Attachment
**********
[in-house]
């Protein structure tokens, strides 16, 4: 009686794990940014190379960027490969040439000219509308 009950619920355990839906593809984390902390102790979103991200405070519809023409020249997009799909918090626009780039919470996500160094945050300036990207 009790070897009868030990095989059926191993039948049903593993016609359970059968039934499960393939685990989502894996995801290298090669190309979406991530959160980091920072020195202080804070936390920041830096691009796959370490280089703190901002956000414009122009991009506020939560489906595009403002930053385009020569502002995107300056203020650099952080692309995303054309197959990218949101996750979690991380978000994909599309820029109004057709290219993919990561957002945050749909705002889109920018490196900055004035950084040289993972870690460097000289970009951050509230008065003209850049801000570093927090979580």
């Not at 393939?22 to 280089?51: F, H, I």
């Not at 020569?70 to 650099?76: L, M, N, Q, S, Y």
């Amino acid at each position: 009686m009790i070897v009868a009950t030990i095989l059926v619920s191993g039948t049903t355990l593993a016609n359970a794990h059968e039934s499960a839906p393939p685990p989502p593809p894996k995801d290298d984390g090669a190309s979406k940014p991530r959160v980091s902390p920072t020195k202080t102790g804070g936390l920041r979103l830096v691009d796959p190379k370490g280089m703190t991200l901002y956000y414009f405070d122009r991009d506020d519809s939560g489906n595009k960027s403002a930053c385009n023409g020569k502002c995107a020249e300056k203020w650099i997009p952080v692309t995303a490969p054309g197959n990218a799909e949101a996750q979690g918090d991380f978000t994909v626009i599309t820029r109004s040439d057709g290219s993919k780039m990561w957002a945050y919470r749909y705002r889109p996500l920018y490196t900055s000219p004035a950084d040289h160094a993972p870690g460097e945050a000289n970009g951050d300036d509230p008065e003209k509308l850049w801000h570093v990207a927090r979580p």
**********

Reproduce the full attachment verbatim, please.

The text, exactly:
[in-house]
């Protein structure tokens, strides 16, 4: 009686794990940014190379960027490969040439000219509308 009950619920355990839906593809984390902390102790979103991200405070519809023409020249997009799909918090626009780039919470996500160094945050300036990207 009790070897009868030990095989059926191993039948049903593993016609359970059968039934499960393939685990989502894996995801290298090669190309979406991530959160980091920072020195202080804070936390920041830096691009796959370490280089703190901002956000414009122009991009506020939560489906595009403002930053385009020569502002995107300056203020650099952080692309995303054309197959990218949101996750979690991380978000994909599309820029109004057709290219993919990561957002945050749909705002889109920018490196900055004035950084040289993972870690460097000289970009951050509230008065003209850049801000570093927090979580």
């Not at 393939?22 to 280089?51: F, H, I």
């Not at 020569?70 to 650099?76: L, M, N, Q, S, Y």
């Amino acid at each position: 009686m009790i070897v009868a009950t030990i095989l059926v619920s191993g039948t049903t355990l593993a016609n359970a794990h059968e039934s499960a839906p393939p685990p989502p593809p894996k995801d290298d984390g090669a190309s979406k940014p991530r959160v980091s902390p920072t020195k202080t102790g804070g936390l920041r979103l830096v691009d796959p190379k370490g280089m703190t991200l901002y956000y414009f405070d122009r991009d506020d519809s939560g489906n595009k960027s403002a930053c385009n023409g020569k502002c995107a020249e300056k203020w650099i997009p952080v692309t995303a490969p054309g197959n990218a799909e949101a996750q979690g918090d991380f978000t994909v626009i599309t820029r109004s040439d057709g290219s993919k780039m990561w957002a945050y919470r749909y705002r889109p996500l920018y490196t900055s000219p004035a950084d040289h160094a993972p870690g460097e945050a000289n970009g951050d300036d509230p008065e003209k509308l850049w801000h570093v990207a927090r979580p």